Jan’s Story

Let me introduce Jan. She is a mother of two adult children and six grandchildren. She began her motherhood journey in the Deep South of America where her husband was a pastor; moving back to Australia when their eldest boy was to begin school. During the years of her children’s schooling she juggled the roles of pastor’s wife, mother and high school teacher. When she became a grandmother she gave a lot of time to support her children in their role as parents whilst continuing her work with others. In the joys and challenges that have been a part of her story, she has turned to God in prayer and trusted in the Bibles promises. I first knew her as my high school computing teacher, but nowadays she is my mother-in-law. She is a resilient woman, and I think she raised an awesome man.

How old were you when you became a Mum?  I married when I was 29, and during that first year of marriage we moved countries. A new country meant a new health care fund and with this, a stipulation of different waiting periods for medical conditions such as pregnancy. So our first son was born when I was 32. Our two boys were born in Alabama, U.S.A where medical costs are very high.

Has anyone inspired you as a mother? My first thoughts go back to my own mother. I learnt from her home making skills. She taught me to sew my own clothes, to cook, do my chores, drive and encouraged me in my schooling. My Mum was a teacher, so there was much I unconsciously copied. I grew up with the normal routine of Mum going to work while us kids went to school. So, it was natural for me to train as a teacher and pick up this job again after our boys were starting their own schooling.

Now as a Grandma, I have been inspired by watching younger Mums using all the tools and support that they get from books and each other. This wasn’t available to me in Alabama in the 70’s.

What is one of your favourite memories of raising children? A favourite milestone was when the boys could put themselves to sleep. I found great satisfaction from learning how to teach the boys to cry themselves to sleep. I know it sounds strange, but I was a guilt-ridden mother whose instinct was to make sure I was always there to soothe their tears and rock them off to sleep. It was only when my sister-in-law came to visit, that she helped me to learn this skill. I think the first night it took 45 minutes for him to fall asleep and it decreased each night after that. It became a great routine; to know I could put the boys to bed and leave them to fall asleep by themselves.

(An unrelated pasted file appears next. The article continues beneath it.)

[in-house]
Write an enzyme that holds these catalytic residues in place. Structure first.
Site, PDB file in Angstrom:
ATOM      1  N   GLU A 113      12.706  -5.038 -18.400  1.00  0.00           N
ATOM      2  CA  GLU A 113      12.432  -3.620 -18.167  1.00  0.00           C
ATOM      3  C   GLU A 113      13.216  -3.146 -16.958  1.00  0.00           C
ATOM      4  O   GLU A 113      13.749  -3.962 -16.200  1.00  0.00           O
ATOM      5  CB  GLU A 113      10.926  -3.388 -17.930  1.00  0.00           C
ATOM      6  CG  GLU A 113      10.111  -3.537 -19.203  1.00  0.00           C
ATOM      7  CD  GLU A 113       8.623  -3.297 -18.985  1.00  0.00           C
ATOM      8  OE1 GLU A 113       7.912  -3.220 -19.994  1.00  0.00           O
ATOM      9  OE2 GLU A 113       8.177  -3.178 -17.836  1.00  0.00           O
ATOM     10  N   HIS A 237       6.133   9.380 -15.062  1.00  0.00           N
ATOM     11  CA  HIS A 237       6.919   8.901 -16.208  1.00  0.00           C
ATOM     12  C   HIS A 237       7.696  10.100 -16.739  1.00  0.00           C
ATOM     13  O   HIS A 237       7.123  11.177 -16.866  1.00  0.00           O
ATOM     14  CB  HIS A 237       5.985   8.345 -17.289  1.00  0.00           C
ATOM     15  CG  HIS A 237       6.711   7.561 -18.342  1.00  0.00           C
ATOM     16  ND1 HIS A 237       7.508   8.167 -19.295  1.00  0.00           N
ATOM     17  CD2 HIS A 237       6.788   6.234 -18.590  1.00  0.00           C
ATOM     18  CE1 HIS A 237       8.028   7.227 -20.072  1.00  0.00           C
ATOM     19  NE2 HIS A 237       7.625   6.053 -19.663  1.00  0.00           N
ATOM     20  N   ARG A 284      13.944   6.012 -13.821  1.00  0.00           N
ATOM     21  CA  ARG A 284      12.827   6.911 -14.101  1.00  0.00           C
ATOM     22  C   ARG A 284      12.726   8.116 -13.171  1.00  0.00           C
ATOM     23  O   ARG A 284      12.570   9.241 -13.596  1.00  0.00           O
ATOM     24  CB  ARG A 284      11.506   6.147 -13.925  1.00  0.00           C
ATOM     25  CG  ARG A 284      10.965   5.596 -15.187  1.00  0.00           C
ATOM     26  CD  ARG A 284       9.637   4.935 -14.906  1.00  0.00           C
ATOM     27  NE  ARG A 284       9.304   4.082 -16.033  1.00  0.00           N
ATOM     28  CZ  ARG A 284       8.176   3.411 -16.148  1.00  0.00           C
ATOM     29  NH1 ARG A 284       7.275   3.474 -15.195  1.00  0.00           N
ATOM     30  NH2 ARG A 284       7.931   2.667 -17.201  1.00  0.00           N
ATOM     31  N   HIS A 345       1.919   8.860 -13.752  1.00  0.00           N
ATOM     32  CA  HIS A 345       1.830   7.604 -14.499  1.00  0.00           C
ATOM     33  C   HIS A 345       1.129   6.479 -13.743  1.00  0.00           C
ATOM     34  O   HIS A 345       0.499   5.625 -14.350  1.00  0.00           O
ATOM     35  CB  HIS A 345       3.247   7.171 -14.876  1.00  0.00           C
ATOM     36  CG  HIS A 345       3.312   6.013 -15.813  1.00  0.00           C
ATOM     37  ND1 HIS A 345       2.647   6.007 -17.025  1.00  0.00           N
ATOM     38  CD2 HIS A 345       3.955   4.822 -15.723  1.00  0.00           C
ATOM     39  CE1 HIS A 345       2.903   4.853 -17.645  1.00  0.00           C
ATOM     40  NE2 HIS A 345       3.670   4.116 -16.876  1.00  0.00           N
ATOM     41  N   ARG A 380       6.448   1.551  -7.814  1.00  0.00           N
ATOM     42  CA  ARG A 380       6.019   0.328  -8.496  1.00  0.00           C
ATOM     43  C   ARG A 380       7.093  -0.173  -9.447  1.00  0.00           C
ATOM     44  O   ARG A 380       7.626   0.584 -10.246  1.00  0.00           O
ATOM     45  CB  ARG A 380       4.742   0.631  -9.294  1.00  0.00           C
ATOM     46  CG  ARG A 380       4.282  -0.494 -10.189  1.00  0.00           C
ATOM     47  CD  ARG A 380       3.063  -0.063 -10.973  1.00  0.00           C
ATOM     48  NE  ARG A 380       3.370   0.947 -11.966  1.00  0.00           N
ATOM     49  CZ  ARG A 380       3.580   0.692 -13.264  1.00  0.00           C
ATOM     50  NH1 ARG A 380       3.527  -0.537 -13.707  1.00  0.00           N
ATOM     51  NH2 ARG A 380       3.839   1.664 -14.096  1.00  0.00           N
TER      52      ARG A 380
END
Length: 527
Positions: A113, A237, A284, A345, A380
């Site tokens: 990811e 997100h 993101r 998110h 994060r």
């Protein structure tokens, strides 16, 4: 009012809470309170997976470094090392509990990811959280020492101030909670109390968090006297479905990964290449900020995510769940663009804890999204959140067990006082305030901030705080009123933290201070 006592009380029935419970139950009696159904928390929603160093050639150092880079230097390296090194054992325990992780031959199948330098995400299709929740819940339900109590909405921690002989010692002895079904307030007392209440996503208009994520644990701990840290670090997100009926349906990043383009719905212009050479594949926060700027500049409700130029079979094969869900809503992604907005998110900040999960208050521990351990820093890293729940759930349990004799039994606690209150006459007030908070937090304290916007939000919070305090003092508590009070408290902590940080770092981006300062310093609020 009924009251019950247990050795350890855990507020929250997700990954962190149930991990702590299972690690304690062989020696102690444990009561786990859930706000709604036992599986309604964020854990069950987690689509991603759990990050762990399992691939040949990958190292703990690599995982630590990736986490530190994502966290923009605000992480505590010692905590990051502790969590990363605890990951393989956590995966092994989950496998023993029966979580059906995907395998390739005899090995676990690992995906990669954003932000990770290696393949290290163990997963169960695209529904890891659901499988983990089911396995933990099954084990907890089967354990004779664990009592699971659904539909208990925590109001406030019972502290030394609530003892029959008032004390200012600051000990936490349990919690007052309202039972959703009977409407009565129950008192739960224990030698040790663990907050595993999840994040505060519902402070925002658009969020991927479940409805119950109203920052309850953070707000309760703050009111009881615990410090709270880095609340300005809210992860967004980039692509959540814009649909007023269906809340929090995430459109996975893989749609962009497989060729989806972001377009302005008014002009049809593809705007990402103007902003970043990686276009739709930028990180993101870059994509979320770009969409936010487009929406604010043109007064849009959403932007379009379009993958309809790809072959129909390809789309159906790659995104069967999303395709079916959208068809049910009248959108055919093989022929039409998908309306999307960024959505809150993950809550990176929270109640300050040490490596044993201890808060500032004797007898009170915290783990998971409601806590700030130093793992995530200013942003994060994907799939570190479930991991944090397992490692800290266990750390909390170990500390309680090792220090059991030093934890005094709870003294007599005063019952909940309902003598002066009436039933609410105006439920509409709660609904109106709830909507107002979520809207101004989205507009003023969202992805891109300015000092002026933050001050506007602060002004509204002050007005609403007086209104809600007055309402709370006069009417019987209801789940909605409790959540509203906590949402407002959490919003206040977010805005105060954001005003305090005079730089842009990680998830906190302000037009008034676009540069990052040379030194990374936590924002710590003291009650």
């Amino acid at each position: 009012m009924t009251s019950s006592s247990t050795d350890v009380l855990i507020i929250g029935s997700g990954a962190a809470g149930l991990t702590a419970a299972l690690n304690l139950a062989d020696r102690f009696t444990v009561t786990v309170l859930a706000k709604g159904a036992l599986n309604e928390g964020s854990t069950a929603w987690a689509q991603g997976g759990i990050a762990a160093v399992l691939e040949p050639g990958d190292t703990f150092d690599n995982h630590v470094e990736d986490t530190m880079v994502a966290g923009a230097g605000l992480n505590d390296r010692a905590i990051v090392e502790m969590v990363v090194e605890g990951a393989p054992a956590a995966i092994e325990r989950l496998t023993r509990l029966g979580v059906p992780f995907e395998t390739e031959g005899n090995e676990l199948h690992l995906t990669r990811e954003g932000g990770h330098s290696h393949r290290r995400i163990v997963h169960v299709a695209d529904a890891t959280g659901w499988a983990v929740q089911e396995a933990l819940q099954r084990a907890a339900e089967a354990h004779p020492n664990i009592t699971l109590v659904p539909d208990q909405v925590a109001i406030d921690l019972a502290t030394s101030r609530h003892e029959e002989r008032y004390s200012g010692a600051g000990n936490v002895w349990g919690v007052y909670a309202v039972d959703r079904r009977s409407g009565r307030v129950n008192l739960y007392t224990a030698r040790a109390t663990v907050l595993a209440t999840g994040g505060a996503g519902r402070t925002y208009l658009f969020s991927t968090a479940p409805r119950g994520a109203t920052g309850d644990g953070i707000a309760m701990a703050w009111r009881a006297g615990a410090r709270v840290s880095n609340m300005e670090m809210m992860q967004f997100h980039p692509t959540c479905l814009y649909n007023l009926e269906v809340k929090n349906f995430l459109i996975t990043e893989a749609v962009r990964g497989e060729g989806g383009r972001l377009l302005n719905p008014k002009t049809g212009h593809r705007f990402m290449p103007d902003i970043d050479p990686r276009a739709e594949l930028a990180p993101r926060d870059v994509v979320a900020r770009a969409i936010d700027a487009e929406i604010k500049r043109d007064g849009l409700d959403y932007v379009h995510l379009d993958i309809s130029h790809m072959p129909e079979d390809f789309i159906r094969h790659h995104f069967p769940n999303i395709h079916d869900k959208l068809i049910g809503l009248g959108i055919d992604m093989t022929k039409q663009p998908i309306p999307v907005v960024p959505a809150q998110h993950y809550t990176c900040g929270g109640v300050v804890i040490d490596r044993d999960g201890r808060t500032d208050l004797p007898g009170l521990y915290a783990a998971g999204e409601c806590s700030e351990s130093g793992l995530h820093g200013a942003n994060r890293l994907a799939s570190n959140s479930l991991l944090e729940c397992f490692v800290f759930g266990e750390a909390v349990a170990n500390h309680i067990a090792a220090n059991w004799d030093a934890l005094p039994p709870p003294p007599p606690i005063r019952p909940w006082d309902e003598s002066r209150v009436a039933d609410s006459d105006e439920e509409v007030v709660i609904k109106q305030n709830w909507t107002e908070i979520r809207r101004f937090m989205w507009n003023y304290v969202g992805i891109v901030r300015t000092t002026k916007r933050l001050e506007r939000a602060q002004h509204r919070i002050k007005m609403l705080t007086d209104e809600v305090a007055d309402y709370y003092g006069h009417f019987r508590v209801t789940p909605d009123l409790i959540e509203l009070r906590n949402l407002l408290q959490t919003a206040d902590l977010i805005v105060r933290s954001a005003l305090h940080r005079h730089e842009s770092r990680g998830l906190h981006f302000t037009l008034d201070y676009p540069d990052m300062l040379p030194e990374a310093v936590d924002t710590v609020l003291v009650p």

Another favourite was watching them grow and learn. Seeing them develop new skills and strengths. Being a family together for meals, especially Sunday night home-made pizzas. The four of us huddling in our bed to watch a movie on TV was very special.

Can you share a particular challenge you faced in parenting? Finding my role was a challenge. Being a pastor’s wife and a parent was very challenging in the early years –  living in a small country town in Alabama. There were huge expectations put on me by this community. For example: Even though I had difficult labours, I was expected to be at church, on show the following Sunday. The adult Sunday School class met in our lounge room before church while I was feeding the boys and dressing them (in their 3 piece suits with bow ties)…no pressure! There were no baby clinics (like we have in Australia) so I found it very hard to talk about how to raise children. It was so different to life back home.

In Brisbane, when our boys were a little older, I was to play the church organ while my husband was preaching. The boys had to sit by themselves, (and sometimes played up) and I remember the horrid looks I got from some of the church members.

Another major challenge for me was learning to deal with the totally different personalities of my boys; no two children are alike! You think you have it all sorted out with the first, but no. Each child comes with very different challenges and blessings.

How did you work through this challenge? What gave you hope in times of trouble? I found consolation in my study of the Bible, and learning to trust God through these times. Without the Psalms of David I would have thought I was the only one to be going through tough times. I was very thankful to have grown up knowing the promises of the Bible and knowing the reality of praying to God who knew me and understood my life. We also had some great friends visit us and share their stories and love.

If you were to meet your ‘young Mum’ self, what advice would you give her? 

  1. Take it easy. Relax. Enjoy your children. Don’t worry about what other people think. Take lots of pictures.
  2. Be their parent, not their friend or pal. Kids need to know their parents are in control and are leading them in a good direction.
  3. Don’t try to be ‘super Mum’. Learn to say “No” to things that become a burden.
  4. Get them to bed early so that you can enjoy your evenings.
  5. Take time for yourself.